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Gather 'Round the Table - Food and Celebrity

By Anthony Todd in Food on Oct 18, 2010 4:40PM

BaylessCeleb.jpg On Monday mornings, we invite our readers to gather around our table and discuss a culinary issue of the day. If you have anything you'd like to talk about, send it to

No one who watches television, reads blogs or goes out to dinner can possibly ignore the impact of celebrity chef culture. Chefs with their names stitched on their jackets, often with fancy logos, have become a constant presence in our lives, and some of them are as recognizable as rock stars, models or famous authors. But the question remains - is this good for those of us who eat out?

Last month, in his review of Todd English's Ca Va, Sam Sifton wrote a line that had us giggling for days. Describing a $25 steak frites, he warned that it had "the texture and flavor of a bound collection of Ibsen rescued from a house fire." Normally, this would not be particularly notable - a bad dish at a mediocre restaurant. But this restaurant is likely, even guaranteed, to succeed in the short run, because it has a celebrity chef attached to it, and all the snark Sifton can muster probably won't make a dent. Cat Cora (of Iron Chef and Muppets fame), Wolfgang Puck and English all have restaurants in Disney World, and we can't keep track of the number of Mario Batali pasta spots. Despite the names and accolades, no one seems that impressed with the food at many of these spots.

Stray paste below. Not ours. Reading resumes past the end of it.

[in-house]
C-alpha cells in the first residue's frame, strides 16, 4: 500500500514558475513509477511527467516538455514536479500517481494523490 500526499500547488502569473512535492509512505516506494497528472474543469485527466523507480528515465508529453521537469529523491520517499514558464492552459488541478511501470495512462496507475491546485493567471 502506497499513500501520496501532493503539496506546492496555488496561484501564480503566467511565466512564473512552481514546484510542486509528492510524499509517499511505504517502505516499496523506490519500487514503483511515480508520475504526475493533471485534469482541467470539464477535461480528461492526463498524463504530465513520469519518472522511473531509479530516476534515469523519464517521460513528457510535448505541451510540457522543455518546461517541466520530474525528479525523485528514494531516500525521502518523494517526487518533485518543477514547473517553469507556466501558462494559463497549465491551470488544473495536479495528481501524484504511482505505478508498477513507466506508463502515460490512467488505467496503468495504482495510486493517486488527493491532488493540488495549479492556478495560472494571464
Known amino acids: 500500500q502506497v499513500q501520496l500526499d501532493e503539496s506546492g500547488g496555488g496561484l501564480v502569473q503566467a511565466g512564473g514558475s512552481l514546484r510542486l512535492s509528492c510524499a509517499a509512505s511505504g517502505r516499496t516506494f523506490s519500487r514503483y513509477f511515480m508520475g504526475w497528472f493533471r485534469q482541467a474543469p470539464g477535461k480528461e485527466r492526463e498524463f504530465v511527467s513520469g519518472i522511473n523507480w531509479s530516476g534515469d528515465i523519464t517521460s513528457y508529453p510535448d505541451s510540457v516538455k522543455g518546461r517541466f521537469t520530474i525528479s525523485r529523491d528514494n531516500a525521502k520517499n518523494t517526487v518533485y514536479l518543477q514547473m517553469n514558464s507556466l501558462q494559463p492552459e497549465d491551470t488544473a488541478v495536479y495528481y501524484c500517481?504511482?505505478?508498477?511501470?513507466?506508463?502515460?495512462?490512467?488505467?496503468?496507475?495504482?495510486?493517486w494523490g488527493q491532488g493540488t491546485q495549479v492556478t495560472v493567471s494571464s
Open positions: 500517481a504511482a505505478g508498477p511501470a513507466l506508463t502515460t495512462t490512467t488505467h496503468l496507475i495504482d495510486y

Here in Chicago, we have our own share of celebrity. Some celebrity chefs come in from other cities - Marcus Samuelsson owns C-House, David Burke owns his eponymous restaurant - and some are more local. Tony Mantuano is President Obama's favorite chef (and owns multiple restaurants), everything Rick Bayless touches turns to gold, Stephanie Izard's new restaurant has lines around the block and Charlie Trotter keeps on chugging along, despite cuisine we're not particularly fond of.

Do you pay any attention to "celebrity" when you dine out? Have you ever gone to a restaurant because you saw the chef on TV? Does it matter if the chef is a local, vs. a national celebrity? If a culinary student opened Xoco, would it be impossible to get into, or is it the aura of fame that draws us? Is Girl and the Goat bringing people in with the smell of pork fat or the hope of glimpsing a Top Chef?

Perhaps here in Chicago we aren't wiling to pay $25 for a burned hunk of char because it has a fancy name on it. What do you think?